They carried clothing, watches, books or photographs of their loved ones. They carried anxiety, fear, and hope for a better life. Some couldn’t carry anything at all.
Pierce students, faculty and staff were asked to lend personal artifacts that symbolize their family’s journey to the United States for the Pierce Art Gallery exhibit “The Things We Carried.”
As part of One Book One Campus, and in partnership with the Diversity Committee, the exhibit will display items that show heritage and culture, adding a personal touch to the campus-wide reading of “Enrique’s Journey: The Story of a Boy’s Dangerous Odyssey to Reunite with His Mother” by Sonia Nazario.
Pierce Art Gallery Director Monika Del Bosque-Wee said they try to have programs that further contextualize the theme of the year, so that students are not just reading the book, but actively engaging with the themes.
“Enrique’s Journey” tells the true story of a boy who goes through hardships to reunite with his mother in the United States. Enrique’s mother Lourdes leaves Honduras to work in the United States to bring back money to her poverty-stricken family. Her return is delayed, and he sets off on his own to find her with only a North Carolina phone number as a clue.
Outreach Librarian Lisa Valdez said that they are trying to be more conscientious about the books they choose so that they are inclusive and dealing with universal issues.
“It’s gaining more ground. More people are feeling personal connections to the books that we are reading. Even if they haven’t gone through it, they know someone who has,” Valdez said.
Del Bosque-Wee said that the key thing about this semester’s exhibit is that it is Pierce-generated. Usually outside artist’s work is brought in to be displayed in the gallery.
“This show is being created by things people of Pierce have submitted. It’s a Pierce co-created project,” Del Bosque-Wee said. “I think having it here at Pierce shows that, as a community, we are looking at the issue, and we are saying that it matters and we are not turning our back on the subject.”
Crystal Hall is an intern at the Art Gallery and said “The Things We Carried” was created with the intention to unite the campus community by showing that many have an immigration story at some point in their family’s history.
“There were items that came with us on that journey. We are sharing that item and sharing that story and finding that similarity between us in the Pierce community,” Hall said. “We all have a story behind our items, and while some may just see a pocketwatch, to another it signifies their family’s origins.”
Del Bosque-Wee said that they have received a wide variety of items, and last she checked, they had about 60. Submissions included books, articles of clothing, photographs, written stories and other items of sentimental and cultural value.
Pierce College President Kathleen Burke said she submitted to the gallery to honor her father and the generations of students who made similar decisions to leave their birth countries for a life in the United States.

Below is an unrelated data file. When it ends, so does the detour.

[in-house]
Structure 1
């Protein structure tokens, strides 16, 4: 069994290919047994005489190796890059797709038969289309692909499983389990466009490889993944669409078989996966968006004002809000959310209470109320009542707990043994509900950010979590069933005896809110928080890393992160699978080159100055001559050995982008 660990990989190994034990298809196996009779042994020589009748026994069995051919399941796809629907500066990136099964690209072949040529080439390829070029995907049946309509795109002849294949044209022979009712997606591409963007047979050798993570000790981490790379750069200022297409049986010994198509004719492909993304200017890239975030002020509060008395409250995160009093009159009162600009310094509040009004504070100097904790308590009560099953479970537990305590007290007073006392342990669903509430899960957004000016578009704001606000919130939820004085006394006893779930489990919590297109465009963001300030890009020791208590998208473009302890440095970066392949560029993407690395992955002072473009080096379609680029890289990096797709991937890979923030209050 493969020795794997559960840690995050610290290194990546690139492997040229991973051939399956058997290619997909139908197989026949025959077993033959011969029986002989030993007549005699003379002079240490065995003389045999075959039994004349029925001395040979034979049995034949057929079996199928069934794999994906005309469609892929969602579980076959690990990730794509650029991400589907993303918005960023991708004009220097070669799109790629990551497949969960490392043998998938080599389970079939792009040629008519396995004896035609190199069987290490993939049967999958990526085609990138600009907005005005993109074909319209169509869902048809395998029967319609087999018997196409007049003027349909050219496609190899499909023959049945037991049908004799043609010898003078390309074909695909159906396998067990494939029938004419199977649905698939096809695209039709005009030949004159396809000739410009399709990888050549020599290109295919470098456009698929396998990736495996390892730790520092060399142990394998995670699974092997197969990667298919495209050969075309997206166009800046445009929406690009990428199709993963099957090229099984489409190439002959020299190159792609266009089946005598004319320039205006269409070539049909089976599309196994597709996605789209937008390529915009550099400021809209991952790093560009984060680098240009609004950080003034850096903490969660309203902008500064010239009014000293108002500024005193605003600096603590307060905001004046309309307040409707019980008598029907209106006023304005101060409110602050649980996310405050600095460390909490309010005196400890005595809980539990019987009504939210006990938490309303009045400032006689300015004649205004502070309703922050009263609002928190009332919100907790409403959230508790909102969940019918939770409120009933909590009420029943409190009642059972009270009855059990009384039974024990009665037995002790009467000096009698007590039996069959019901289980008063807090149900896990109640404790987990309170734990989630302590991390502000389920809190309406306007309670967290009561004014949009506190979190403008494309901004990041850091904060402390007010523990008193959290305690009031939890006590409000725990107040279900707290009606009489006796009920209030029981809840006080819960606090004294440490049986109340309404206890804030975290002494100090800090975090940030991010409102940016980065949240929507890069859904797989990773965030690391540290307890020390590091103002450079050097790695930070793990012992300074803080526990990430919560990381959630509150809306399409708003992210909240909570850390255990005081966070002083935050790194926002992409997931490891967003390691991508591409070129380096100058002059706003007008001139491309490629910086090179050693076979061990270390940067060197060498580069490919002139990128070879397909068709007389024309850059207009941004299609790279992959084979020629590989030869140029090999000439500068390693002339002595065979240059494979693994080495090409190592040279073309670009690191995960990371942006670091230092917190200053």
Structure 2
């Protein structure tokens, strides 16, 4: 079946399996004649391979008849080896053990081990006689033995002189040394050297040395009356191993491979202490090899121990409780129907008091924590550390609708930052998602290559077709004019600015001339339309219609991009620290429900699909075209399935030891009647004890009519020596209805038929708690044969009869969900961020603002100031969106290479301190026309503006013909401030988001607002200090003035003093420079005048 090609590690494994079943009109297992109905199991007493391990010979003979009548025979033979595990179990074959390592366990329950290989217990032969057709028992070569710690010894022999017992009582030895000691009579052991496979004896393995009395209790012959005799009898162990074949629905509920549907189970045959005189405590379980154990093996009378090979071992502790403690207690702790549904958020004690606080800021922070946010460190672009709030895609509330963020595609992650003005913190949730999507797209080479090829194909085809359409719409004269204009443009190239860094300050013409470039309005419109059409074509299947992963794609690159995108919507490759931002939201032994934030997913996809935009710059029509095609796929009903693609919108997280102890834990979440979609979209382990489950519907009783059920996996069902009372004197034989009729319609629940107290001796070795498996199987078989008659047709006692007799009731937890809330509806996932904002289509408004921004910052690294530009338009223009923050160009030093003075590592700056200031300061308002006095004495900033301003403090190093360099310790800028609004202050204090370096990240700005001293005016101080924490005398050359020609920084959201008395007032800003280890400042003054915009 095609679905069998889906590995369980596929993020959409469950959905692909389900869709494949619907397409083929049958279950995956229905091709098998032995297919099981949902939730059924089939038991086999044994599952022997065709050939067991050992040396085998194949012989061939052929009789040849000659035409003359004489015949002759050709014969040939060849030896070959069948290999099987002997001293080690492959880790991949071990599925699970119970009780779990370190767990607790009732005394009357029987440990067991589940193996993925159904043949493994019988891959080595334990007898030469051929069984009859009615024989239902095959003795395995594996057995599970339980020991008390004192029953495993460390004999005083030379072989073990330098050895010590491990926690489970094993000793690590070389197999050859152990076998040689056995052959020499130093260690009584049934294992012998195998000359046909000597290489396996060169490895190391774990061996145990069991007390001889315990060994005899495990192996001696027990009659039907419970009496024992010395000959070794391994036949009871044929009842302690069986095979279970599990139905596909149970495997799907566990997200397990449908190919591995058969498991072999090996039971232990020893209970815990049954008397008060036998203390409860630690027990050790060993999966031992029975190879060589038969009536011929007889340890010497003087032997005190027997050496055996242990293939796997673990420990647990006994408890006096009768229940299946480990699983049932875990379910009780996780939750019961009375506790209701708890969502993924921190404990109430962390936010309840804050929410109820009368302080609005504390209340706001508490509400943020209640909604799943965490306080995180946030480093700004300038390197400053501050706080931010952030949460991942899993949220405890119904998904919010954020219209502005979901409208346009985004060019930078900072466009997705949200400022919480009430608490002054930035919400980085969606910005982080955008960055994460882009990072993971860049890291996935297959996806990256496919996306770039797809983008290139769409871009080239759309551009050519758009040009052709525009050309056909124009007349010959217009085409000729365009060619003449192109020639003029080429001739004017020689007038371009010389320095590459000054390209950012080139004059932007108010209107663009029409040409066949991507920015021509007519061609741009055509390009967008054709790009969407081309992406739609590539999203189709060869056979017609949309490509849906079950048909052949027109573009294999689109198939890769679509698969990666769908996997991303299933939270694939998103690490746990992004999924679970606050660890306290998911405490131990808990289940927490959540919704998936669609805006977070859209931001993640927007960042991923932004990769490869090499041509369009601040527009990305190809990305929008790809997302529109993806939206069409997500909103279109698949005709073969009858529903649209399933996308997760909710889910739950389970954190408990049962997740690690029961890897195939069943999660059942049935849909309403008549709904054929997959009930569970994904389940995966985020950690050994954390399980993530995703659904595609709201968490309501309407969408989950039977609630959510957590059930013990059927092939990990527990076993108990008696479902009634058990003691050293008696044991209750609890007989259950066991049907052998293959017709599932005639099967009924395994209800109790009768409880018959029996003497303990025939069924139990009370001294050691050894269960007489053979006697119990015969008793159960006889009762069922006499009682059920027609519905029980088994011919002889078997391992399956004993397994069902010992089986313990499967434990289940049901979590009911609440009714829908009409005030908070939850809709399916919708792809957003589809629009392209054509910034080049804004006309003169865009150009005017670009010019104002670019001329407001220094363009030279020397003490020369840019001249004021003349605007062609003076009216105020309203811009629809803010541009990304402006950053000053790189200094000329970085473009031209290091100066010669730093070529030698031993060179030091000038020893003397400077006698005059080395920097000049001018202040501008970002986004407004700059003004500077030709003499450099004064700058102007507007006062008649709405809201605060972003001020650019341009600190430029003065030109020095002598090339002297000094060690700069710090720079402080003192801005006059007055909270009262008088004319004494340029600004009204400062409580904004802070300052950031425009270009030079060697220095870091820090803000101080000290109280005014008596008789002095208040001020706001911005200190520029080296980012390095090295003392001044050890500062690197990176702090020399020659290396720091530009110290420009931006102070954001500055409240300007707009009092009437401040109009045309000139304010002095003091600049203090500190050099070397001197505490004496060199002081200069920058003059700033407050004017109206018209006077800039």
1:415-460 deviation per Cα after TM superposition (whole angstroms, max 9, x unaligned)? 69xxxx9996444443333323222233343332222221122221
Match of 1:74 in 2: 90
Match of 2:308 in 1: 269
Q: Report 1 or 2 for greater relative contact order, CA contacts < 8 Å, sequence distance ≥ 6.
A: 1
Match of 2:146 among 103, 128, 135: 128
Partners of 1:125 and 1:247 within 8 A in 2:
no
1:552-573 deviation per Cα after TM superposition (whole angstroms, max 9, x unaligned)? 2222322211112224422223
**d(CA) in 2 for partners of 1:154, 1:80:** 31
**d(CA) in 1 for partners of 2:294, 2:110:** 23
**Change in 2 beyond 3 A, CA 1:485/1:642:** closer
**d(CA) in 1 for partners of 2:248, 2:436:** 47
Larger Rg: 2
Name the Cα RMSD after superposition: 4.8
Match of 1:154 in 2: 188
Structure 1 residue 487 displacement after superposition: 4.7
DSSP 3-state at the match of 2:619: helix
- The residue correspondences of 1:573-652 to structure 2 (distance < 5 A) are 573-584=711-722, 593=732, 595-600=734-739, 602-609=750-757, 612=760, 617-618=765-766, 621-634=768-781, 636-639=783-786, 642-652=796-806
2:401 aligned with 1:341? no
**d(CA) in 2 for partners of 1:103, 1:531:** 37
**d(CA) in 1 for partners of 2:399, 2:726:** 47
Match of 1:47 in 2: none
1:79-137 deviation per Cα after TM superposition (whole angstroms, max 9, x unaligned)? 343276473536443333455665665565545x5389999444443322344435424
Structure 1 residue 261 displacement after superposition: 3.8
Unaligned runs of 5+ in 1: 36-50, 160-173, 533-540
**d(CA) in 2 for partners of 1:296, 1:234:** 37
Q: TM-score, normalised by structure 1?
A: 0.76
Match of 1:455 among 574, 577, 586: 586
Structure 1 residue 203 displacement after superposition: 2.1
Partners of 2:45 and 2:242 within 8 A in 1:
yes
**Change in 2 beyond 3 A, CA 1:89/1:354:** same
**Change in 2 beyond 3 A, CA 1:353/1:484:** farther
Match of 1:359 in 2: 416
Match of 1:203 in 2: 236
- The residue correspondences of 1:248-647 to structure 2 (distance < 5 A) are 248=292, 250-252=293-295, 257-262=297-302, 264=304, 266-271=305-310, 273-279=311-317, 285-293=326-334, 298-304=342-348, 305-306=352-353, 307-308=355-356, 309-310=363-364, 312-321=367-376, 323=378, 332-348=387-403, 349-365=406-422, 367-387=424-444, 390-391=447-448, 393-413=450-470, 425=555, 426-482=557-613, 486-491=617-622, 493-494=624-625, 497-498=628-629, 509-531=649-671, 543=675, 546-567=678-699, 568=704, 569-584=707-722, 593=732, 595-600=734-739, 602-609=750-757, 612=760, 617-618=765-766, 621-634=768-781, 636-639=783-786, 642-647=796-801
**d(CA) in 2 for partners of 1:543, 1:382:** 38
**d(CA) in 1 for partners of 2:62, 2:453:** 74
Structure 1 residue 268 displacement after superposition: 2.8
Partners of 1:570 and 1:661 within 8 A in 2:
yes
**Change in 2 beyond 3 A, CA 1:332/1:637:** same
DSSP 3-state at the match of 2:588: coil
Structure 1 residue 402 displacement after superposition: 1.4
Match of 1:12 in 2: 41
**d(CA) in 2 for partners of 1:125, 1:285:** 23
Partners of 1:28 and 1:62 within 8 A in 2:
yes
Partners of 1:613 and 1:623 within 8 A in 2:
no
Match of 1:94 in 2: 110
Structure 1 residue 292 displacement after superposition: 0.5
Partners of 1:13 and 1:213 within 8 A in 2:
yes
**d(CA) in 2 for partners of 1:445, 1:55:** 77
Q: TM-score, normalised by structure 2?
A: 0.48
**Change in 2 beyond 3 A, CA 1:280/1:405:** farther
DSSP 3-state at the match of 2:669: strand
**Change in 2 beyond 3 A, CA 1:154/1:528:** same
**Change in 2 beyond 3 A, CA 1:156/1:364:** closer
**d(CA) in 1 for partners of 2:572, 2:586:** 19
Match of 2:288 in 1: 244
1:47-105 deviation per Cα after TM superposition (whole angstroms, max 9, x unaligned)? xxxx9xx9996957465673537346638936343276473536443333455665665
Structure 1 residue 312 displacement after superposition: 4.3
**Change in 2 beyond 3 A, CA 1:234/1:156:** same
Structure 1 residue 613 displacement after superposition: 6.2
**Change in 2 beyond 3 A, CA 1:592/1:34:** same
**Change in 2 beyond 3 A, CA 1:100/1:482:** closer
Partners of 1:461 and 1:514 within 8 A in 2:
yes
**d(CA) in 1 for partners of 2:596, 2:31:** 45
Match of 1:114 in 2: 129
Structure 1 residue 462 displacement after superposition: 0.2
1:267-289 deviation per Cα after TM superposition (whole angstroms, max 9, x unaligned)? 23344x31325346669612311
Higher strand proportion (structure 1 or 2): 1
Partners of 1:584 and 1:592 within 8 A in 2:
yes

Burke loaned the exhibit her father’s passport to the United States from Ireland. She also submitted photos of her father and his brothers that were taken in their home country.
“My father was the seventh of eight children, and the youngest of the male children. Given his position in the birth order of the family, he was unlikely to inherit the dairy farm on which he grew up,” Burke said in an email. “He made the decision to come to the United States when he was only seventeen years old.”
Del Bosque-Wee said that she expected more faculty involvement and more participation in general, but as she organized the event, she gained a greater understanding about people’s hesitation to share their stories.
“A lot of people have come to share with me why they can’t share their stories publicly,” Del Bosque-Wee said. “The overall sentiment on a national and global level about immigration has really influenced people’s feelings about why they don’t feel comfortable publicly sharing their story. This makes me realize that it’s ever more timely that we have this show.”
According to Del Bosque-Wee, in addition to the space for the exhibits, negative space will be allotted to represent the silence of people who are afraid of sharing their stories.
“It became really apparent that we needed something in the gallery that represented all of those stories that can’t be spoken,” Del Bosque-Wee said. “The most intense part of this process is hearing the stories of those who won’t submit, because those are the ones who don’t feel safe. But the desire to tell their story is really great.”
Del Bosque-Wee said that a space where people can share their opinions and anonymously share their stories will be set aside in the gallery.
Valdez said that due to the current presidential administration, some students are living in fear for themselves, but also for their families. However, she said that she wants students to be reassured that they are supported.
“They are afraid they will be sent back. And depending on where “sent back” is, that can be the end of your life. But it is important for us to hear our stories, because when other people hear these stories, especially others going through it, we find sources and create a dialogue,” Valdez said. “But most importantly, we want students and anyone going through it, to know that they have our support. You don’t have to have that fear with us.”
Opening reception for “The Things We Carried” will be on Nov. 2, from 6 p.m. to 8 p.m. at the Pierce Art Gallery. The exhibit will be run until Dec. 15.